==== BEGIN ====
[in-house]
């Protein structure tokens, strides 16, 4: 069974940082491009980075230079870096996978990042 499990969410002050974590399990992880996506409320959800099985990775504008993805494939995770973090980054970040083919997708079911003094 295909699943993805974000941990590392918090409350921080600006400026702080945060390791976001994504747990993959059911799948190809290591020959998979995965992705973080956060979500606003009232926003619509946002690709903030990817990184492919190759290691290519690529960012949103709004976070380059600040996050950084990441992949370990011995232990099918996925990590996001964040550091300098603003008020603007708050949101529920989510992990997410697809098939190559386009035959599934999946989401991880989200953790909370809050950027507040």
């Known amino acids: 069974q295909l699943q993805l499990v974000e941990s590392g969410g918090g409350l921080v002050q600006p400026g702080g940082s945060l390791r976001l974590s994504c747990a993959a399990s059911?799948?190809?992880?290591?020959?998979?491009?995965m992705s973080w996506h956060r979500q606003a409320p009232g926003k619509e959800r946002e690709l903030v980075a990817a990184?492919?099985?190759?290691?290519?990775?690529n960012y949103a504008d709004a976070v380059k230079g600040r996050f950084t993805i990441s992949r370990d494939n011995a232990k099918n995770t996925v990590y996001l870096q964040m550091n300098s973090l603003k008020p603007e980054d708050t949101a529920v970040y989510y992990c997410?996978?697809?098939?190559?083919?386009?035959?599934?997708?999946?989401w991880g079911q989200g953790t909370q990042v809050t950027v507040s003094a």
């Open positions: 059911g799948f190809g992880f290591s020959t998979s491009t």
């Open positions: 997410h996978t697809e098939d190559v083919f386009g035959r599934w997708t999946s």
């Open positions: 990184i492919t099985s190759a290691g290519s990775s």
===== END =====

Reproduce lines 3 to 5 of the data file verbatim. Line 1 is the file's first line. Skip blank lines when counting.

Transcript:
């Known amino acids: 069974q295909l699943q993805l499990v974000e941990s590392g969410g918090g409350l921080v002050q600006p400026g702080g940082s945060l390791r976001l974590s994504c747990a993959a399990s059911?799948?190809?992880?290591?020959?998979?491009?995965m992705s973080w996506h956060r979500q606003a409320p009232g926003k619509e959800r946002e690709l903030v980075a990817a990184?492919?099985?190759?290691?290519?990775?690529n960012y949103a504008d709004a976070v380059k230079g600040r996050f950084t993805i990441s992949r370990d494939n011995a232990k099918n995770t996925v990590y996001l870096q964040m550091n300098s973090l603003k008020p603007e980054d708050t949101a529920v970040y989510y992990c997410?996978?697809?098939?190559?083919?386009?035959?599934?997708?999946?989401w991880g079911q989200g953790t909370q990042v809050t950027v507040s003094a």
């Open positions: 059911g799948f190809g992880f290591s020959t998979s491009t």
């Open positions: 997410h996978t697809e098939d190559v083919f386009g035959r599934w997708t999946s």